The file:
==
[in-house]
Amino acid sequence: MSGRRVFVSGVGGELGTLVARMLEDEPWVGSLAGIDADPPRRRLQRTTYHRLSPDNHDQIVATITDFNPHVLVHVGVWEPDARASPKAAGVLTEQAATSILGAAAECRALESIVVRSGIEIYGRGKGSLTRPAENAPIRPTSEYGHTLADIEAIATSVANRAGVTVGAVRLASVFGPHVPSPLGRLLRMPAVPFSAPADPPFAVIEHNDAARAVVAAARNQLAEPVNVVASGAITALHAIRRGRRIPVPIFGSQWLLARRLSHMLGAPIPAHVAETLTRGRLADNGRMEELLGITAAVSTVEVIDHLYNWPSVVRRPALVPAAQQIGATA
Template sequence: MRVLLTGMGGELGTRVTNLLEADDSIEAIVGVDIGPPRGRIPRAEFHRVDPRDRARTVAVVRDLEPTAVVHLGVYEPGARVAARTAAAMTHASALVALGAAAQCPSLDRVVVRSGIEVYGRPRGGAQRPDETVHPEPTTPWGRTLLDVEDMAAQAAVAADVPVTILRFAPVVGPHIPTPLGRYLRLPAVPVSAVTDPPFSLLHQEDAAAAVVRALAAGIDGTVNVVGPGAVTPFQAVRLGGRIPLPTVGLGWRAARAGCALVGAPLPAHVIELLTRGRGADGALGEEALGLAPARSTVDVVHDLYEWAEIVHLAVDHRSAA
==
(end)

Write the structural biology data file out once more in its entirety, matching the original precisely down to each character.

[in-house]
Amino acid sequence: MSGRRVFVSGVGGELGTLVARMLEDEPWVGSLAGIDADPPRRRLQRTTYHRLSPDNHDQIVATITDFNPHVLVHVGVWEPDARASPKAAGVLTEQAATSILGAAAECRALESIVVRSGIEIYGRGKGSLTRPAENAPIRPTSEYGHTLADIEAIATSVANRAGVTVGAVRLASVFGPHVPSPLGRLLRMPAVPFSAPADPPFAVIEHNDAARAVVAAARNQLAEPVNVVASGAITALHAIRRGRRIPVPIFGSQWLLARRLSHMLGAPIPAHVAETLTRGRLADNGRMEELLGITAAVSTVEVIDHLYNWPSVVRRPALVPAAQQIGATA
Template sequence: MRVLLTGMGGELGTRVTNLLEADDSIEAIVGVDIGPPRGRIPRAEFHRVDPRDRARTVAVVRDLEPTAVVHLGVYEPGARVAARTAAAMTHASALVALGAAAQCPSLDRVVVRSGIEVYGRPRGGAQRPDETVHPEPTTPWGRTLLDVEDMAAQAAVAADVPVTILRFAPVVGPHIPTPLGRYLRLPAVPVSAVTDPPFSLLHQEDAAAAVVRALAAGIDGTVNVVGPGAVTPFQAVRLGGRIPLPTVGLGWRAARAGCALVGAPLPAHVIELLTRGRGADGALGEEALGLAPARSTVDVVHDLYEWAEIVHLAVDHRSAA